Purpose: Severe traumatic brain injury is a leading cause of mortality and morbidity, and these patients are frequently intubated in the prehospital setting. Cerebral perfusion and intracranial pressure are influenced by the arterial partial pressure of CO 2 and derangements might induce further brain damage. We investigated which lower and upper limits of prehospital end-tidal CO 2 levels are associated with increased mortality in patients with severe traumatic brain injury. Methods: The BRAIN-PROTECT study is an observational multicenter study. Patients with severe traumatic brain injury, treated by Dutch Helicopter Emergency Medical Services between February 2012 and December 2017, were included. Follow-up continued for 1 year after inclusion. End-tidal CO 2 levels were measured during prehospital care and their association with 30-day mortality was analyzed with multivariable logistic regression. Results: A total of 1776 patients were eligible for analysis. An L-shaped association between end-tidal CO 2 levels and 30-day mortality was observed (p = 0.01), with a sharp increase in mortality with values below 35 mmHg. End-tidal CO 2 values between 35 and 45 mmHg were associated with better survival rates compared to < 35 mmHg. No association between hypercapnia and mortality was observed. The odds ratio for the association between hypocapnia (< 35 mmHg) and mortality was 1.89 (95% CI 1.53–2.34, p < 0.001) and for hypercapnia (≥ 45 mmHg) 0.83 (0.62–1.11, p = 0.212). Conclusion: A safe zone of 35–45 mmHg for end-tidal CO 2 guidance seems reasonable during prehospital care. Particularly, end-tidal partial pressures of less than 35 mmHg were associated with a significantly increased mortality.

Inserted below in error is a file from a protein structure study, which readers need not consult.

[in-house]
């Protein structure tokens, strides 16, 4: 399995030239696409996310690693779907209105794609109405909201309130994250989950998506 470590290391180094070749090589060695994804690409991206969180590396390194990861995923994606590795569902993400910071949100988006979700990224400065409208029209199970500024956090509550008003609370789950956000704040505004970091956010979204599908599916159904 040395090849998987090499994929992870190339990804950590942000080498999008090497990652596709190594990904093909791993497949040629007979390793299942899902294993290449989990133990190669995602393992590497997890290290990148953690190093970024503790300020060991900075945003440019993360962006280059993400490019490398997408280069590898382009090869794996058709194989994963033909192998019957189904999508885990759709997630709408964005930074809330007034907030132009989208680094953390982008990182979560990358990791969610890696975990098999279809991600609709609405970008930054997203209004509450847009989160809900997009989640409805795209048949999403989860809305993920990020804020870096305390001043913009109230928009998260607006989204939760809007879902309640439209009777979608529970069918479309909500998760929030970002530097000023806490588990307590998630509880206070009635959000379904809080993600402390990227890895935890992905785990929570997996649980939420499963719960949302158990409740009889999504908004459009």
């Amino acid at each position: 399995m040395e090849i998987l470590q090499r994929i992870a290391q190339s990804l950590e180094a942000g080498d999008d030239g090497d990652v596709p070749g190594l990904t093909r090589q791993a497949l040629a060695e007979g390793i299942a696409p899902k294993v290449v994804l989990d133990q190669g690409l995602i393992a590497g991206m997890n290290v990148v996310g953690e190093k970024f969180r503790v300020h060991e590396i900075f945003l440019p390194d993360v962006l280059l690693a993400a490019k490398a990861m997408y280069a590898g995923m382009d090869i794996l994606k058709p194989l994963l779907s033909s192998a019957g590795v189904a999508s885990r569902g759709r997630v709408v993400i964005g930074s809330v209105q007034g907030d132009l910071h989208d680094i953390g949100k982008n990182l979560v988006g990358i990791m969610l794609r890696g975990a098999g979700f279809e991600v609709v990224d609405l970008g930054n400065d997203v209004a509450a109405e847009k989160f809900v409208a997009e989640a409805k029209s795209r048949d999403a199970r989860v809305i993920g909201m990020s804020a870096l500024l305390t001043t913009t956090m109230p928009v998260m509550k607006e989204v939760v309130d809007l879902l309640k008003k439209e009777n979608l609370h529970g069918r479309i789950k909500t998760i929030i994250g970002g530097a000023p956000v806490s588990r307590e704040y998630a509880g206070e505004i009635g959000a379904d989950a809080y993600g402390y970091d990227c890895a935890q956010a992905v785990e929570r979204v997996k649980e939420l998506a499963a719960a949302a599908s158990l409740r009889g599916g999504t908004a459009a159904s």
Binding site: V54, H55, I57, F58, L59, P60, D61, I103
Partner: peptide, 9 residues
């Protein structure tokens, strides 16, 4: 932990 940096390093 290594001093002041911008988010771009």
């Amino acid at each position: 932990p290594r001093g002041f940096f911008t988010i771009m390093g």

Original languageEnglish
Pages (from-to)491-504
Number of pages14
JournalIntensive care medicine
Issue number5
Early online date2023
Publication statusPublished - May 2023


  • Carbon dioxide
  • Critical care
  • Endotracheal intubation
  • Traumatic brain injury
  • Ventilation

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